By Chip Prehn

The Church the world over celebrated the Feast of the Holy Trinity on Sunday, May 30th. What used to be called “the season after Trinity” takes the Church all the way to the First Sunday of Advent. Most altar guilds, grateful that they don’t have to change the fabric very often during these months, call it “the long green season.” Nowadays, the Sundays and weeks comprising the old season “after Trinity” are called the season “after Pentecost.” I tend to favor the older nomenclature, as this was the Church’s practice for centuries, but since the 1970s, we have made do with the change.

The Christian doctrine of the Holy Trinity is a proposition of divine revelation. We would not know that God is a holy and undivided Trinity unless God himself revealed it to us. No human genius could have come up with such a dogma. God created this mystery or (we should say) God is the mystery, since God is eternal and not created. The doctrine is part of the substance of saving faith. Trusted authority asks us to believe it; grace enables us to believe it; and we are saved. But this does not mean that the doctrine of the Holy Trinity is irrational. When we think on it, the doctrine is entirely reasonable.

The Scriptural record is clear even without the graphic use of the Trinitarian formula at the end of St. Matthew’s Gospel. Jesus who was and is God constantly spoke of his Father who is God, and God the Father and God the Son sent God the Holy Spirit to witness to the truth and reality of God the Son. When Jesus was baptized by John, the Father’s voice was heard, and this voice revealed that Jesus was God’s Son. The Holy Spirit sent from Father and Son also has the job of giving to the persons and peoples living in the Son — a.k.a. the Church catholic — the kind of unity enjoyed by the Members of the divine Trinity themselves. The Holy Spirit enables the Church to do amazing things in this world, loving the world being the most amazing of all. Inasmuch as you and I are living in Christ through the power of the Holy Spirit (“by grace you were saved through faith in Jesus Christ”), we too are by grace part of the life of the Holy Trinity, and I mean this is true already and right now.

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How can the one God of the Old Testament who created the universe be likewise three divine persons? Isn’t this polytheism? For sure, the questions address a perplexing matter. But the doctrine of the Trinity satisfies the intellect in surprising ways, if the Bible is taken seriously. God is able by his very divine nature to love perfectly, and so God has Another of an equal nature and rank to love: God the Father and God the Son are therefore necessary to each other. What is irrefutable in logic has its correlative in ultimate Reality. The Father loves the Son; the Son returns the Father’s love; and the Love exchanged between the Father and the Son is none other than God the Holy Spirit. Ultimate Reality (God) is a community of three divine persons. One God in three persons.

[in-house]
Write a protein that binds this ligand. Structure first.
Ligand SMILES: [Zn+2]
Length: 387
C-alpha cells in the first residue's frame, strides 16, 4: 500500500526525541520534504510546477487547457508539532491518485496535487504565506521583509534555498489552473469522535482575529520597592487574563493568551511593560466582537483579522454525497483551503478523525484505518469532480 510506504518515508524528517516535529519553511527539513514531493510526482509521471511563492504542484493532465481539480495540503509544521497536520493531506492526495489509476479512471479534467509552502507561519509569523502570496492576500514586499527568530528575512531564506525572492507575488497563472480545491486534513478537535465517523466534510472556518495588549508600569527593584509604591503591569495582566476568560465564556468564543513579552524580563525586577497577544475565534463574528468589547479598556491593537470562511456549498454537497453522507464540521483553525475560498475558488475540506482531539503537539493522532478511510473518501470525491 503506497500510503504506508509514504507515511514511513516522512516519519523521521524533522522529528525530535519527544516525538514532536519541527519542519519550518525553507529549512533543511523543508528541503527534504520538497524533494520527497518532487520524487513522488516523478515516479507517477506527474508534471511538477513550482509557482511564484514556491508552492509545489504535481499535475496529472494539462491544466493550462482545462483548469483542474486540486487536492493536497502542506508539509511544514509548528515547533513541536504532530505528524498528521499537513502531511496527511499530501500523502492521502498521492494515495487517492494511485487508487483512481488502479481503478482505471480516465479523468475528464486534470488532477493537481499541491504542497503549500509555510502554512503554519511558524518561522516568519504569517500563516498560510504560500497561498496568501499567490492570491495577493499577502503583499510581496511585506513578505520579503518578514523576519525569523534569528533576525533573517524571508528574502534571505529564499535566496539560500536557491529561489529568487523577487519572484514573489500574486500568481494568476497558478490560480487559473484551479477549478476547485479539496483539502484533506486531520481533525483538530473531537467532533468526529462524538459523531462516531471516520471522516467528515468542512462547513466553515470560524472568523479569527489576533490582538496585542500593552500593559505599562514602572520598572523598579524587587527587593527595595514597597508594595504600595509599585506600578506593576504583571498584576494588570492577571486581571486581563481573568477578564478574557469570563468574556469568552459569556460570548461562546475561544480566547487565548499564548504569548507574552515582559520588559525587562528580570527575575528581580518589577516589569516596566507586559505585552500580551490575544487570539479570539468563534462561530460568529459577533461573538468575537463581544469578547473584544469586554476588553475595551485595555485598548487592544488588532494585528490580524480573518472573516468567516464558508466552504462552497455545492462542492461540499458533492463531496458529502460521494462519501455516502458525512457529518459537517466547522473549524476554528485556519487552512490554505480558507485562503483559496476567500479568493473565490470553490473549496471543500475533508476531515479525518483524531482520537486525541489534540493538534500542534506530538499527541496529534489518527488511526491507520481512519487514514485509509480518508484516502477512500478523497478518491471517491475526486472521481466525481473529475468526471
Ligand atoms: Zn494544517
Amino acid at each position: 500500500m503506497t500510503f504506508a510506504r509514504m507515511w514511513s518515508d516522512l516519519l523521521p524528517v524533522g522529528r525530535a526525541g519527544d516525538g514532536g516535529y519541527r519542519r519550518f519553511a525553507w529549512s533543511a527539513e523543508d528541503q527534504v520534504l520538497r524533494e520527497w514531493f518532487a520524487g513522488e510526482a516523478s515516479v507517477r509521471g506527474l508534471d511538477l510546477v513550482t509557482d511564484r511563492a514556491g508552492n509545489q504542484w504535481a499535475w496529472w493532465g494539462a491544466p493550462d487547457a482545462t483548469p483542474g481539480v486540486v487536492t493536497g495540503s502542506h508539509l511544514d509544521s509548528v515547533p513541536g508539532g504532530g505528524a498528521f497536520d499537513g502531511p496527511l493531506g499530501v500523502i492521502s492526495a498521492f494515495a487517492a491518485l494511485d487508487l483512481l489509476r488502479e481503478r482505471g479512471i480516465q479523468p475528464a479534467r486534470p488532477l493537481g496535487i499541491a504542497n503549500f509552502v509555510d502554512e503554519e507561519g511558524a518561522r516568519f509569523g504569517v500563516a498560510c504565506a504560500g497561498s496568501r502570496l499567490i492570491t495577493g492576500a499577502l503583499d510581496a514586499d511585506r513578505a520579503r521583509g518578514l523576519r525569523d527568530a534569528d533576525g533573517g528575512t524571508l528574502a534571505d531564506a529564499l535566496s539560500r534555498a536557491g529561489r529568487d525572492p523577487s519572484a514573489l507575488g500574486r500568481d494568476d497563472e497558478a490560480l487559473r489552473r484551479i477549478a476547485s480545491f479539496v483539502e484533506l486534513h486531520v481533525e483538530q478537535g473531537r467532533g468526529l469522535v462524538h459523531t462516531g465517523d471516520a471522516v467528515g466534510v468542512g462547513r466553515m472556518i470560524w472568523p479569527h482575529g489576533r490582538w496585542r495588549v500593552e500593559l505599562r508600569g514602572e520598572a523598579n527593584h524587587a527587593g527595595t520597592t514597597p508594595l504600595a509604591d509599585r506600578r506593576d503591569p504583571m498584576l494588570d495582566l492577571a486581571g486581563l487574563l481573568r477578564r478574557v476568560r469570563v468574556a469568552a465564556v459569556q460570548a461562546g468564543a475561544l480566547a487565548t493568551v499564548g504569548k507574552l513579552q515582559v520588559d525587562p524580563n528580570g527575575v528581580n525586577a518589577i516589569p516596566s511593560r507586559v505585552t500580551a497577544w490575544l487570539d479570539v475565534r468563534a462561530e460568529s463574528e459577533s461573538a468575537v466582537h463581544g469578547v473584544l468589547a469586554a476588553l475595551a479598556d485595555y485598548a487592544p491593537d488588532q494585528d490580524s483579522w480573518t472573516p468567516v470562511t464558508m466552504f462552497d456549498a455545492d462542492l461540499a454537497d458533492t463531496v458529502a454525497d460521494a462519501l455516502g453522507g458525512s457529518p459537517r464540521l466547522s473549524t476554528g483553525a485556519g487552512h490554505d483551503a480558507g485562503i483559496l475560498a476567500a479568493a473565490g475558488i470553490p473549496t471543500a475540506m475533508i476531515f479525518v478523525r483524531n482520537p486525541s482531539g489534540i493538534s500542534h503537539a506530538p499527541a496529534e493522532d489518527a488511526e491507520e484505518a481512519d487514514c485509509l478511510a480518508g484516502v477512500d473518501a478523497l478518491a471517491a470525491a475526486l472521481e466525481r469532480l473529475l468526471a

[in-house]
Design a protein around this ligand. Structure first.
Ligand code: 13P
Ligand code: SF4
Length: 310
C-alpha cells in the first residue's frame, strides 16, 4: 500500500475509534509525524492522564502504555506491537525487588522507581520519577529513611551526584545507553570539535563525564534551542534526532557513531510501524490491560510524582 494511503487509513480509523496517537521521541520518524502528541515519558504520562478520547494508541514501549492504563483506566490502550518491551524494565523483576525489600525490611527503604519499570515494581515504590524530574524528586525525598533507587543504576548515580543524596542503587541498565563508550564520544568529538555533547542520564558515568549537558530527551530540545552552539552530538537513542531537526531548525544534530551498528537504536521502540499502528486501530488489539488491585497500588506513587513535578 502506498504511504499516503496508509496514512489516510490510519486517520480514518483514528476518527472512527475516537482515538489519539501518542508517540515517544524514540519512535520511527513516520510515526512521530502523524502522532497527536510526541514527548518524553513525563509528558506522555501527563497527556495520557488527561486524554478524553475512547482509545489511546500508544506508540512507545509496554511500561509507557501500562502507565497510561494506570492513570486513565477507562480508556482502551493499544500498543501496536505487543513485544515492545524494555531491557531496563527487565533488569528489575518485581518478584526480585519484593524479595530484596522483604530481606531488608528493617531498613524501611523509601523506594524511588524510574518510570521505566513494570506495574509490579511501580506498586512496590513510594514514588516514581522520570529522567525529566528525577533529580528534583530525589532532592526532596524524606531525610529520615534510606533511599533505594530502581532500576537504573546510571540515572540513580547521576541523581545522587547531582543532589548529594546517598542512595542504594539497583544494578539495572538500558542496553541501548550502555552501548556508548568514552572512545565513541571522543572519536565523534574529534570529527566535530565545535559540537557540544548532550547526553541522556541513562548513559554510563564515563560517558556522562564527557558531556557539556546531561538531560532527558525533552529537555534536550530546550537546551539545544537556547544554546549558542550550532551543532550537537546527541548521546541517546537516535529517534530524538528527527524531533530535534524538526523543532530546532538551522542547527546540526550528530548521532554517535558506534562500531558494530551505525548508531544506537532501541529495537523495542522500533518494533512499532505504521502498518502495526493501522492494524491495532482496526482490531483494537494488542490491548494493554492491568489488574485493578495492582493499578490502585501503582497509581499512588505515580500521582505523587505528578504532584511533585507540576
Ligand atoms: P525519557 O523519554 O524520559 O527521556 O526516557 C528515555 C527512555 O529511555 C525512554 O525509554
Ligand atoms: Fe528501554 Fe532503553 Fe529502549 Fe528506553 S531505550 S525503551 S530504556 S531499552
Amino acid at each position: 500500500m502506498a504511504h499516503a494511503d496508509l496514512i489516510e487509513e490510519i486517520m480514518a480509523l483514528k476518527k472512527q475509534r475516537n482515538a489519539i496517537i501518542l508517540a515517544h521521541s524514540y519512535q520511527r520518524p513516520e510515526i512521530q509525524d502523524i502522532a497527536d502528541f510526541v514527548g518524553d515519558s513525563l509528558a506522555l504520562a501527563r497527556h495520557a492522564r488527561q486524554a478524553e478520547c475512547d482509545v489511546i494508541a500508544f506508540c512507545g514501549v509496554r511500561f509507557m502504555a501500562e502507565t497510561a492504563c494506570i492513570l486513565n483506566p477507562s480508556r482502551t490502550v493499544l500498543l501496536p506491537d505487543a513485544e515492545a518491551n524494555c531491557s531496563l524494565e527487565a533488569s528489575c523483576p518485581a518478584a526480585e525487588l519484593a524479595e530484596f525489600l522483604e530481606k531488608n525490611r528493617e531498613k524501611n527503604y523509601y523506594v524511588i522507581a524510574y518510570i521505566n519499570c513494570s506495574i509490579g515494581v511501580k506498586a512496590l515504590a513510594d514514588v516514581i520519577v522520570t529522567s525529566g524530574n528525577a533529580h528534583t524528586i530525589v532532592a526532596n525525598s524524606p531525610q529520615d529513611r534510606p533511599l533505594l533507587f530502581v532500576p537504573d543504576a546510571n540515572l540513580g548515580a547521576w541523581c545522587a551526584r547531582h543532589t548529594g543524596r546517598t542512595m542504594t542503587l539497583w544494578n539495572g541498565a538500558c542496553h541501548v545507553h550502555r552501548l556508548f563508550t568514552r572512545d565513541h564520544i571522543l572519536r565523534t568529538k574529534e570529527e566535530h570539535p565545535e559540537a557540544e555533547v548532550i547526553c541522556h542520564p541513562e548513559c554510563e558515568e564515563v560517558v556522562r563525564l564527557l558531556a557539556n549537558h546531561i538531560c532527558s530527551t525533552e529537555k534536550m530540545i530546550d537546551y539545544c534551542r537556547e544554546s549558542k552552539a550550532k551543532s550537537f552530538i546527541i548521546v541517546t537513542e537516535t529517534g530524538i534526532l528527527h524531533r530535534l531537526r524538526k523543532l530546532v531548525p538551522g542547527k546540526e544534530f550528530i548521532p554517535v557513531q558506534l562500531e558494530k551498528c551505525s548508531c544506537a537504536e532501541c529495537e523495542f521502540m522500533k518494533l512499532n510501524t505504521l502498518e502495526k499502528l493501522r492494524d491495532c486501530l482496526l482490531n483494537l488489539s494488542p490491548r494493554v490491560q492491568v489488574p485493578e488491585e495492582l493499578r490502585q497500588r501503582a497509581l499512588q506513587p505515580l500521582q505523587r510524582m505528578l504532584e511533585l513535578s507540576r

One of the most faithful and best thinkers who ever called himself a member of our Anglican Communion was an Oxford don named Aubrey Moore (1848-1890). As we Christians approach the more difficult mysteries of the Faith, Moore provides a kind of warning in the form of a maxim: the few fundamental dogmas upon which the Faith is based are not true because they appeal to the reason; rather, they appeal to the reason because they are true. Human reason is not a neutral substance found in human minds. Reason is made to correspond to the truth when the truth is discovered or revealed. When the mind gets itself familiar with and wrapped around reality, that is reason and truth. Anything else is fancy or fantasy. What we have in the New Testament are testimonies of what is true.

When it comes to the sometimes-difficult doctrine of the Trinity, I like how an Anglican monk once talked about the subject. Richard Meux Benson (1824-1915), founder of the Cowley Fathers, said in a sermon on Trinity Sunday in 1865, “It is not so much for us to understand the doctrine of the Holy Trinity as to understand ourselves as being taken up into the Life of the Holy Trinity.” There we are, even now!

Chip Prehn is a partner of Dudley & Prehn Educational Consultants.  He is an Episcopal priest, an independent historian, and a writer. Prehn serves St. Mark’s Church, Coleman, Texas, as part-time vicar.

About The Author

Chip Prehn is an Episcopal priest, independent historical scholar, writer, and poet.  He is a principal of Dudley & Prehn Educational Consultants, headquartered in San Antonio, Texas, and Charlottesville, Virginia.  Prehn serves on the board of the Living Church Foundation.

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